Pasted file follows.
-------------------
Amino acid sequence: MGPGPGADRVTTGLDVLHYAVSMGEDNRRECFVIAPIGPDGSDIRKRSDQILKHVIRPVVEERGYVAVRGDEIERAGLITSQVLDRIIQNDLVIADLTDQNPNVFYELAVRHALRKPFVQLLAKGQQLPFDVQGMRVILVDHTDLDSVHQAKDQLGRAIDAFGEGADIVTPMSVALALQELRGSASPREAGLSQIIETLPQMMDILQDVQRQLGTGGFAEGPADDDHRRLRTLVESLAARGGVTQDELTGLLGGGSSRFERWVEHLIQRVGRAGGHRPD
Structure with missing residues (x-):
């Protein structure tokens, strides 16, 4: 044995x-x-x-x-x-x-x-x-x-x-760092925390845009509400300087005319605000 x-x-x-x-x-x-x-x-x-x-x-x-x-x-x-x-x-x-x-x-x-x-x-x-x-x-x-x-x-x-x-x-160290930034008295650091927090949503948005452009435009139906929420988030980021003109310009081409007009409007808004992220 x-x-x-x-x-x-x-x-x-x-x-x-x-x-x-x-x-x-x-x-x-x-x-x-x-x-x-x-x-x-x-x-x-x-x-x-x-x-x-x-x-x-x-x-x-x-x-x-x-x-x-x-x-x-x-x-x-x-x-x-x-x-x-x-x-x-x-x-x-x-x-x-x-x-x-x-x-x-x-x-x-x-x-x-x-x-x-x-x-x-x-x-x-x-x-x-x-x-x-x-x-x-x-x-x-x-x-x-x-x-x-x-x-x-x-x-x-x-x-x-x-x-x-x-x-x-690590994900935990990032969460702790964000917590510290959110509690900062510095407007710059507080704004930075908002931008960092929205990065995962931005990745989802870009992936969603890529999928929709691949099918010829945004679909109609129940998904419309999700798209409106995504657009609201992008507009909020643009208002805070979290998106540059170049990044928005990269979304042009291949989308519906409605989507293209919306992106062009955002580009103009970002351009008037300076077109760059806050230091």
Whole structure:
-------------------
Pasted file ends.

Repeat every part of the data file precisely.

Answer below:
Amino acid sequence: MGPGPGADRVTTGLDVLHYAVSMGEDNRRECFVIAPIGPDGSDIRKRSDQILKHVIRPVVEERGYVAVRGDEIERAGLITSQVLDRIIQNDLVIADLTDQNPNVFYELAVRHALRKPFVQLLAKGQQLPFDVQGMRVILVDHTDLDSVHQAKDQLGRAIDAFGEGADIVTPMSVALALQELRGSASPREAGLSQIIETLPQMMDILQDVQRQLGTGGFAEGPADDDHRRLRTLVESLAARGGVTQDELTGLLGGGSSRFERWVEHLIQRVGRAGGHRPD
Structure with missing residues (x-):
């Protein structure tokens, strides 16, 4: 044995x-x-x-x-x-x-x-x-x-x-760092925390845009509400300087005319605000 x-x-x-x-x-x-x-x-x-x-x-x-x-x-x-x-x-x-x-x-x-x-x-x-x-x-x-x-x-x-x-x-160290930034008295650091927090949503948005452009435009139906929420988030980021003109310009081409007009409007808004992220 x-x-x-x-x-x-x-x-x-x-x-x-x-x-x-x-x-x-x-x-x-x-x-x-x-x-x-x-x-x-x-x-x-x-x-x-x-x-x-x-x-x-x-x-x-x-x-x-x-x-x-x-x-x-x-x-x-x-x-x-x-x-x-x-x-x-x-x-x-x-x-x-x-x-x-x-x-x-x-x-x-x-x-x-x-x-x-x-x-x-x-x-x-x-x-x-x-x-x-x-x-x-x-x-x-x-x-x-x-x-x-x-x-x-x-x-x-x-x-x-x-x-x-x-x-x-690590994900935990990032969460702790964000917590510290959110509690900062510095407007710059507080704004930075908002931008960092929205990065995962931005990745989802870009992936969603890529999928929709691949099918010829945004679909109609129940998904419309999700798209409106995504657009609201992008507009909020643009208002805070979290998106540059170049990044928005990269979304042009291949989308519906409605989507293209919306992106062009955002580009103009970002351009008037300076077109760059806050230091």
Whole structure: